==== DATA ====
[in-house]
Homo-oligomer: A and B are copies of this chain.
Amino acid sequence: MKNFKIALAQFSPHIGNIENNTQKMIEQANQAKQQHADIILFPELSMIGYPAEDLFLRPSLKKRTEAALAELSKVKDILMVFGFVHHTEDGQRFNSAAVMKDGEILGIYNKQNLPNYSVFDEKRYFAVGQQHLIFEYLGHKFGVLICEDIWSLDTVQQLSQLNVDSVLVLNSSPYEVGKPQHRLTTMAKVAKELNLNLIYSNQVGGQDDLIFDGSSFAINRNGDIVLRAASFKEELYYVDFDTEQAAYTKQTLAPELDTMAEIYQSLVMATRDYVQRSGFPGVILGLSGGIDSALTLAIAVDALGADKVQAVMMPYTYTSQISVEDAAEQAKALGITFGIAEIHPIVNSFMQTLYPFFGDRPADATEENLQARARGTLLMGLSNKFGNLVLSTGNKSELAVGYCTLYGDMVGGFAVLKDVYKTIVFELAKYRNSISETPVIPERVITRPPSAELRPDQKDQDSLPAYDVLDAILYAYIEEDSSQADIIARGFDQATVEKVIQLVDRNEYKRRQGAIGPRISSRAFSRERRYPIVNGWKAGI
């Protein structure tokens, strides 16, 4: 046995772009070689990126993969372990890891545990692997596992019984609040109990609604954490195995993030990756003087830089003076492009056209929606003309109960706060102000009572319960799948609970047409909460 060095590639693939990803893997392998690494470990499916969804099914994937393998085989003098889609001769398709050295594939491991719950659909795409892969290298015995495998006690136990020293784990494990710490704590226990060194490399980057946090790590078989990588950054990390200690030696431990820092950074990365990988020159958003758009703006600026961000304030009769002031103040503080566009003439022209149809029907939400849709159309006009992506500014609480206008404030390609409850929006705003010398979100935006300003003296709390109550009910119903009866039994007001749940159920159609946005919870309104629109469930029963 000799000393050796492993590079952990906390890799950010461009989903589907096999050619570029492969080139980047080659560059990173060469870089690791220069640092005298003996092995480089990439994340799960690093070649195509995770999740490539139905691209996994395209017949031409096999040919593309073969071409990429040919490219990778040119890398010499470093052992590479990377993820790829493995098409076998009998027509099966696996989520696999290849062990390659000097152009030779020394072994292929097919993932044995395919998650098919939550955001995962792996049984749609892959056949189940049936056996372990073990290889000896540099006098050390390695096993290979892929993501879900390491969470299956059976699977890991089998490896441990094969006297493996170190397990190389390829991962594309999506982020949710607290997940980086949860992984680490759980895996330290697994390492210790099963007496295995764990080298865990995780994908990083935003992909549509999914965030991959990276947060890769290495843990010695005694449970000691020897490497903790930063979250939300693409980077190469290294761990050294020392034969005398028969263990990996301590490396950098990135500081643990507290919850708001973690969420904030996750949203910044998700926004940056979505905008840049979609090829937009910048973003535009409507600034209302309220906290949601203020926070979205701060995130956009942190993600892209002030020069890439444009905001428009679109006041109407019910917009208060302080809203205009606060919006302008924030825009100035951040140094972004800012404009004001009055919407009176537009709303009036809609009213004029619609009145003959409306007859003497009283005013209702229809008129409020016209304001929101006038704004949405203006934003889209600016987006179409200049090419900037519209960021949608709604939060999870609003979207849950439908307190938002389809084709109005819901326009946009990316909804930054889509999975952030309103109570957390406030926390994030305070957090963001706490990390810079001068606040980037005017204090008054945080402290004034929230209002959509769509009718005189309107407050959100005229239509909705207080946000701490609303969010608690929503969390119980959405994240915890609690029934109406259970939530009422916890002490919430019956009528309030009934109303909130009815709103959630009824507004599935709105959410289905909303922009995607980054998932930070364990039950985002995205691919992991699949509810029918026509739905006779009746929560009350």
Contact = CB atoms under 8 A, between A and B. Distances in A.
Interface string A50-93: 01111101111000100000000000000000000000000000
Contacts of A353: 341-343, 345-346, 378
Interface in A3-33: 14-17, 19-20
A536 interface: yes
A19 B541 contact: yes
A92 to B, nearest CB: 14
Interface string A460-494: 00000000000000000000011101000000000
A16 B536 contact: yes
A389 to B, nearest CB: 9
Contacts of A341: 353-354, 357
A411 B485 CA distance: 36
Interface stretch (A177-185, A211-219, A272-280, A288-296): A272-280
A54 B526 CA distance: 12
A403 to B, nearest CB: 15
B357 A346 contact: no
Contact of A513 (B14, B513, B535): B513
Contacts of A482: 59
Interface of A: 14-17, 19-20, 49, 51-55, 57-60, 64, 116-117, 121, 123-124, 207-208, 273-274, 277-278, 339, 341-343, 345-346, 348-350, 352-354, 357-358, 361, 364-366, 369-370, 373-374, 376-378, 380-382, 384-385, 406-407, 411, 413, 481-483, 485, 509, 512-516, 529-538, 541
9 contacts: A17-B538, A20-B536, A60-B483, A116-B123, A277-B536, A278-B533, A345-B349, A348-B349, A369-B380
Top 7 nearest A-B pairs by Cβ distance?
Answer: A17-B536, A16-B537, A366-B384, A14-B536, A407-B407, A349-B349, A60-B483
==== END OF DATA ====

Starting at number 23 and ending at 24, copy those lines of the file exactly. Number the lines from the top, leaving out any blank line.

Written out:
Interface of A: 14-17, 19-20, 49, 51-55, 57-60, 64, 116-117, 121, 123-124, 207-208, 273-274, 277-278, 339, 341-343, 345-346, 348-350, 352-354, 357-358, 361, 364-366, 369-370, 373-374, 376-378, 380-382, 384-385, 406-407, 411, 413, 481-483, 485, 509, 512-516, 529-538, 541
9 contacts: A17-B538, A20-B536, A60-B483, A116-B123, A277-B536, A278-B533, A345-B349, A348-B349, A369-B380